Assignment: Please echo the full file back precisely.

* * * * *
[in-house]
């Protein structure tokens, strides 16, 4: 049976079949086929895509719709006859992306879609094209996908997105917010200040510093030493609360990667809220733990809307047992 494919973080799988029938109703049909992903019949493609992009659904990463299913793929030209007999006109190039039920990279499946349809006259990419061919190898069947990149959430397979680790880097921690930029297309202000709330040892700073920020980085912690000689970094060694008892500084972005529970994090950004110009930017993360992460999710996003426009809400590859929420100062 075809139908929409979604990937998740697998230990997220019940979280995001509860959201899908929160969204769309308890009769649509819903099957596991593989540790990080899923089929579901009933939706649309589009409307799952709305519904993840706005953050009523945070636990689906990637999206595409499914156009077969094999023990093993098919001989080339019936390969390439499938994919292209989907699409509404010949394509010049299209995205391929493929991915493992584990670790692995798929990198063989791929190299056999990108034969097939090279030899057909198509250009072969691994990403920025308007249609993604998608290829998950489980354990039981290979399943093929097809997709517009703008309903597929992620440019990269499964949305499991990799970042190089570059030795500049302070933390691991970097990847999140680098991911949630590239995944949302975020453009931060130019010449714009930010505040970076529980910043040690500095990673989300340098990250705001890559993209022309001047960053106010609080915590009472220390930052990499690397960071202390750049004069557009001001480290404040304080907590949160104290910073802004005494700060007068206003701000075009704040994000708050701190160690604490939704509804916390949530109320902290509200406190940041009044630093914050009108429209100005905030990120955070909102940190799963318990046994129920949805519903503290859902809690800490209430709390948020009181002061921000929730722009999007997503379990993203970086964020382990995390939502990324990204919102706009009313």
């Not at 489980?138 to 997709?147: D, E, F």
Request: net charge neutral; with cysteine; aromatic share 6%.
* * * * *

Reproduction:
[in-house]
């Protein structure tokens, strides 16, 4: 049976079949086929895509719709006859992306879609094209996908997105917010200040510093030493609360990667809220733990809307047992 494919973080799988029938109703049909992903019949493609992009659904990463299913793929030209007999006109190039039920990279499946349809006259990419061919190898069947990149959430397979680790880097921690930029297309202000709330040892700073920020980085912690000689970094060694008892500084972005529970994090950004110009930017993360992460999710996003426009809400590859929420100062 075809139908929409979604990937998740697998230990997220019940979280995001509860959201899908929160969204769309308890009769649509819903099957596991593989540790990080899923089929579901009933939706649309589009409307799952709305519904993840706005953050009523945070636990689906990637999206595409499914156009077969094999023990093993098919001989080339019936390969390439499938994919292209989907699409509404010949394509010049299209995205391929493929991915493992584990670790692995798929990198063989791929190299056999990108034969097939090279030899057909198509250009072969691994990403920025308007249609993604998608290829998950489980354990039981290979399943093929097809997709517009703008309903597929992620440019990269499964949305499991990799970042190089570059030795500049302070933390691991970097990847999140680098991911949630590239995944949302975020453009931060130019010449714009930010505040970076529980910043040690500095990673989300340098990250705001890559993209022309001047960053106010609080915590009472220390930052990499690397960071202390750049004069557009001001480290404040304080907590949160104290910073802004005494700060007068206003701000075009704040994000708050701190160690604490939704509804916390949530109320902290509200406190940041009044630093914050009108429209100005905030990120955070909102940190799963318990046994129920949805519903503290859902809690800490209430709390948020009181002061921000929730722009999007997503379990993203970086964020382990995390939502990324990204919102706009009313």
């Not at 489980?138 to 997709?147: D, E, F």
Request: net charge neutral; with cysteine; aromatic share 6%.